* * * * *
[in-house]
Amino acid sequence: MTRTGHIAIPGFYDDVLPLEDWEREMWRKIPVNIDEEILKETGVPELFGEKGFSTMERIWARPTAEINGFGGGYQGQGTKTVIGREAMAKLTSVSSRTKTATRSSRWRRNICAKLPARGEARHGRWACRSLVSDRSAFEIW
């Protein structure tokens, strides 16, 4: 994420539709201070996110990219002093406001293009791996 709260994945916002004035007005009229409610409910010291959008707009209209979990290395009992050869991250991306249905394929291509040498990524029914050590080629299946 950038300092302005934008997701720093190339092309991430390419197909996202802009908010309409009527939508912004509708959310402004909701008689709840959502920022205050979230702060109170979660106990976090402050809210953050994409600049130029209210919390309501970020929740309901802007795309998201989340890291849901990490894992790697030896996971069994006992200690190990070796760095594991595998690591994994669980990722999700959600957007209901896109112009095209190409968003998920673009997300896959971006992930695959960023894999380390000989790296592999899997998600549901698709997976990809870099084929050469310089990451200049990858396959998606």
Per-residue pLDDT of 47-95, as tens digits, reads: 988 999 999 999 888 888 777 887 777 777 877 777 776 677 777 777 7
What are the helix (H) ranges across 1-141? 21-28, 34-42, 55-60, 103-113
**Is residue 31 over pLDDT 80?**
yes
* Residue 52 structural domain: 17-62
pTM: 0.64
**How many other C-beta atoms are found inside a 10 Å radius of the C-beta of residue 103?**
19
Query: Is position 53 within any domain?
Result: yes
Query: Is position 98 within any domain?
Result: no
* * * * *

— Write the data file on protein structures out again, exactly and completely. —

[in-house]
Amino acid sequence: MTRTGHIAIPGFYDDVLPLEDWEREMWRKIPVNIDEEILKETGVPELFGEKGFSTMERIWARPTAEINGFGGGYQGQGTKTVIGREAMAKLTSVSSRTKTATRSSRWRRNICAKLPARGEARHGRWACRSLVSDRSAFEIW
């Protein structure tokens, strides 16, 4: 994420539709201070996110990219002093406001293009791996 709260994945916002004035007005009229409610409910010291959008707009209209979990290395009992050869991250991306249905394929291509040498990524029914050590080629299946 950038300092302005934008997701720093190339092309991430390419197909996202802009908010309409009527939508912004509708959310402004909701008689709840959502920022205050979230702060109170979660106990976090402050809210953050994409600049130029209210919390309501970020929740309901802007795309998201989340890291849901990490894992790697030896996971069994006992200690190990070796760095594991595998690591994994669980990722999700959600957007209901896109112009095209190409968003998920673009997300896959971006992930695959960023894999380390000989790296592999899997998600549901698709997976990809870099084929050469310089990451200049990858396959998606």
Per-residue pLDDT of 47-95, as tens digits, reads: 988 999 999 999 888 888 777 887 777 777 877 777 776 677 777 777 7
What are the helix (H) ranges across 1-141? 21-28, 34-42, 55-60, 103-113
**Is residue 31 over pLDDT 80?**
yes
* Residue 52 structural domain: 17-62
pTM: 0.64
**How many other C-beta atoms are found inside a 10 Å radius of the C-beta of residue 103?**
19
Query: Is position 53 within any domain?
Result: yes
Query: Is position 98 within any domain?
Result: no